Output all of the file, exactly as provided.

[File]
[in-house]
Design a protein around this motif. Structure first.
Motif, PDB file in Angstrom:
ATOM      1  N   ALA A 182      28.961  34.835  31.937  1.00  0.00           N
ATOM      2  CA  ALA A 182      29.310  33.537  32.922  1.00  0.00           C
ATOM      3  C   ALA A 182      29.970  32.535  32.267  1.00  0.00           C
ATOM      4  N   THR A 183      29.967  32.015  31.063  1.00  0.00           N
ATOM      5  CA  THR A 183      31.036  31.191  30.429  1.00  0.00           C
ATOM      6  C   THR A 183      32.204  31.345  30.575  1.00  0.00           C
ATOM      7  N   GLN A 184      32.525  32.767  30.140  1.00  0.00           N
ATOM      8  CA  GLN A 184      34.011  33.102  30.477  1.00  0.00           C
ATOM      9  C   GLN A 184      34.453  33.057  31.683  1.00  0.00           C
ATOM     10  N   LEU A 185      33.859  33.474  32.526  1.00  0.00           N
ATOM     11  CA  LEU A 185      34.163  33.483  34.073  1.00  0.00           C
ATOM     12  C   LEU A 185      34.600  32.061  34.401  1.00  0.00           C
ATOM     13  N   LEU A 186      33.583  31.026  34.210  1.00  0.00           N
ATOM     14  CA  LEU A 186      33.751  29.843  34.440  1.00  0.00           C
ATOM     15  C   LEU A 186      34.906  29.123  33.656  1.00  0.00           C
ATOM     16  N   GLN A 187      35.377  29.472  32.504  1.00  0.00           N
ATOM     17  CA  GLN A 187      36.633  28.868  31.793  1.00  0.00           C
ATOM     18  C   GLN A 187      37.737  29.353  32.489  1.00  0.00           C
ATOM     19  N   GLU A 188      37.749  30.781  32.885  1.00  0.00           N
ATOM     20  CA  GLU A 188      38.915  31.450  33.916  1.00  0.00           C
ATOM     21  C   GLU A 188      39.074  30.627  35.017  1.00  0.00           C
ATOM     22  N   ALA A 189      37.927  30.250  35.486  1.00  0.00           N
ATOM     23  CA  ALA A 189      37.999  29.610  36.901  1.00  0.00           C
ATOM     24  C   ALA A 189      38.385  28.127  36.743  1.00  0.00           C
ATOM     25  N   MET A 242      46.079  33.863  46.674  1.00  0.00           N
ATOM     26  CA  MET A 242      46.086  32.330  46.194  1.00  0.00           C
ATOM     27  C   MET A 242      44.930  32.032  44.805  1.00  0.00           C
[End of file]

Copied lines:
[in-house]
Design a protein around this motif. Structure first.
Motif, PDB file in Angstrom:
ATOM      1  N   ALA A 182      28.961  34.835  31.937  1.00  0.00           N
ATOM      2  CA  ALA A 182      29.310  33.537  32.922  1.00  0.00           C
ATOM      3  C   ALA A 182      29.970  32.535  32.267  1.00  0.00           C
ATOM      4  N   THR A 183      29.967  32.015  31.063  1.00  0.00           N
ATOM      5  CA  THR A 183      31.036  31.191  30.429  1.00  0.00           C
ATOM      6  C   THR A 183      32.204  31.345  30.575  1.00  0.00           C
ATOM      7  N   GLN A 184      32.525  32.767  30.140  1.00  0.00           N
ATOM      8  CA  GLN A 184      34.011  33.102  30.477  1.00  0.00           C
ATOM      9  C   GLN A 184      34.453  33.057  31.683  1.00  0.00           C
ATOM     10  N   LEU A 185      33.859  33.474  32.526  1.00  0.00           N
ATOM     11  CA  LEU A 185      34.163  33.483  34.073  1.00  0.00           C
ATOM     12  C   LEU A 185      34.600  32.061  34.401  1.00  0.00           C
ATOM     13  N   LEU A 186      33.583  31.026  34.210  1.00  0.00           N
ATOM     14  CA  LEU A 186      33.751  29.843  34.440  1.00  0.00           C
ATOM     15  C   LEU A 186      34.906  29.123  33.656  1.00  0.00           C
ATOM     16  N   GLN A 187      35.377  29.472  32.504  1.00  0.00           N
ATOM     17  CA  GLN A 187      36.633  28.868  31.793  1.00  0.00           C
ATOM     18  C   GLN A 187      37.737  29.353  32.489  1.00  0.00           C
ATOM     19  N   GLU A 188      37.749  30.781  32.885  1.00  0.00           N
ATOM     20  CA  GLU A 188      38.915  31.450  33.916  1.00  0.00           C
ATOM     21  C   GLU A 188      39.074  30.627  35.017  1.00  0.00           C
ATOM     22  N   ALA A 189      37.927  30.250  35.486  1.00  0.00           N
ATOM     23  CA  ALA A 189      37.999  29.610  36.901  1.00  0.00           C
ATOM     24  C   ALA A 189      38.385  28.127  36.743  1.00  0.00           C
ATOM     25  N   MET A 242      46.079  33.863  46.674  1.00  0.00           N
ATOM     26  CA  MET A 242      46.086  32.330  46.194  1.00  0.00           C
ATOM     27  C   MET A 242      44.930  32.032  44.805  1.00  0.00           C